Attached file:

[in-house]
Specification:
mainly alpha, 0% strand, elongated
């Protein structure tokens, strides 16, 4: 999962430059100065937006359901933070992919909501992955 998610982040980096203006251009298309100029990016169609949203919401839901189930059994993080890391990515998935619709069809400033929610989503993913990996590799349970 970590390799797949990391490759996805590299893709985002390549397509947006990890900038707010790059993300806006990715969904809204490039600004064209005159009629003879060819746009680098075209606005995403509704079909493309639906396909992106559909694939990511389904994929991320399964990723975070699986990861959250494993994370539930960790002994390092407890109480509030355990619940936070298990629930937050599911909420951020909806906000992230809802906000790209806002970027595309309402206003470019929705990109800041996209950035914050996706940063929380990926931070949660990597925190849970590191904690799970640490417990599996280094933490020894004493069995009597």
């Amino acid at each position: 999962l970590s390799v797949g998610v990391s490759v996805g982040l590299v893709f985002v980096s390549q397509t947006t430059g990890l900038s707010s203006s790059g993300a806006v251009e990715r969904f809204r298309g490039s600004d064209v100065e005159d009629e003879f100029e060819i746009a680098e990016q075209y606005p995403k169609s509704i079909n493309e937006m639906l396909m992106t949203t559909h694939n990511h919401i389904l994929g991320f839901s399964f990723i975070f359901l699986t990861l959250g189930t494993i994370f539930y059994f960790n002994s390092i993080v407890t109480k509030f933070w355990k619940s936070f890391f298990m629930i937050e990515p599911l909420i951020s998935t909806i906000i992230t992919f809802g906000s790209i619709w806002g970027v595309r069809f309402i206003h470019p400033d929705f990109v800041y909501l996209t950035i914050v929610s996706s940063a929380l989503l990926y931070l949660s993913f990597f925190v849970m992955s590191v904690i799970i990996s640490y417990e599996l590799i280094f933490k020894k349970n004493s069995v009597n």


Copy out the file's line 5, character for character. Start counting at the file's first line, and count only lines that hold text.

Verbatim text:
């Amino acid at each position: 999962l970590s390799v797949g998610v990391s490759v996805g982040l590299v893709f985002v980096s390549q397509t947006t430059g990890l900038s707010s203006s790059g993300a806006v251009e990715r969904f809204r298309g490039s600004d064209v100065e005159d009629e003879f100029e060819i746009a680098e990016q075209y606005p995403k169609s509704i079909n493309e937006m639906l396909m992106t949203t559909h694939n990511h919401i389904l994929g991320f839901s399964f990723i975070f359901l699986t990861l959250g189930t494993i994370f539930y059994f960790n002994s390092i993080v407890t109480k509030f933070w355990k619940s936070f890391f298990m629930i937050e990515p599911l909420i951020s998935t909806i906000i992230t992919f809802g906000s790209i619709w806002g970027v595309r069809f309402i206003h470019p400033d929705f990109v800041y909501l996209t950035i914050v929610s996706s940063a929380l989503l990926y931070l949660s993913f990597f925190v849970m992955s590191v904690i799970i990996s640490y417990e599996l590799i280094f933490k020894k349970n004493s069995v009597n």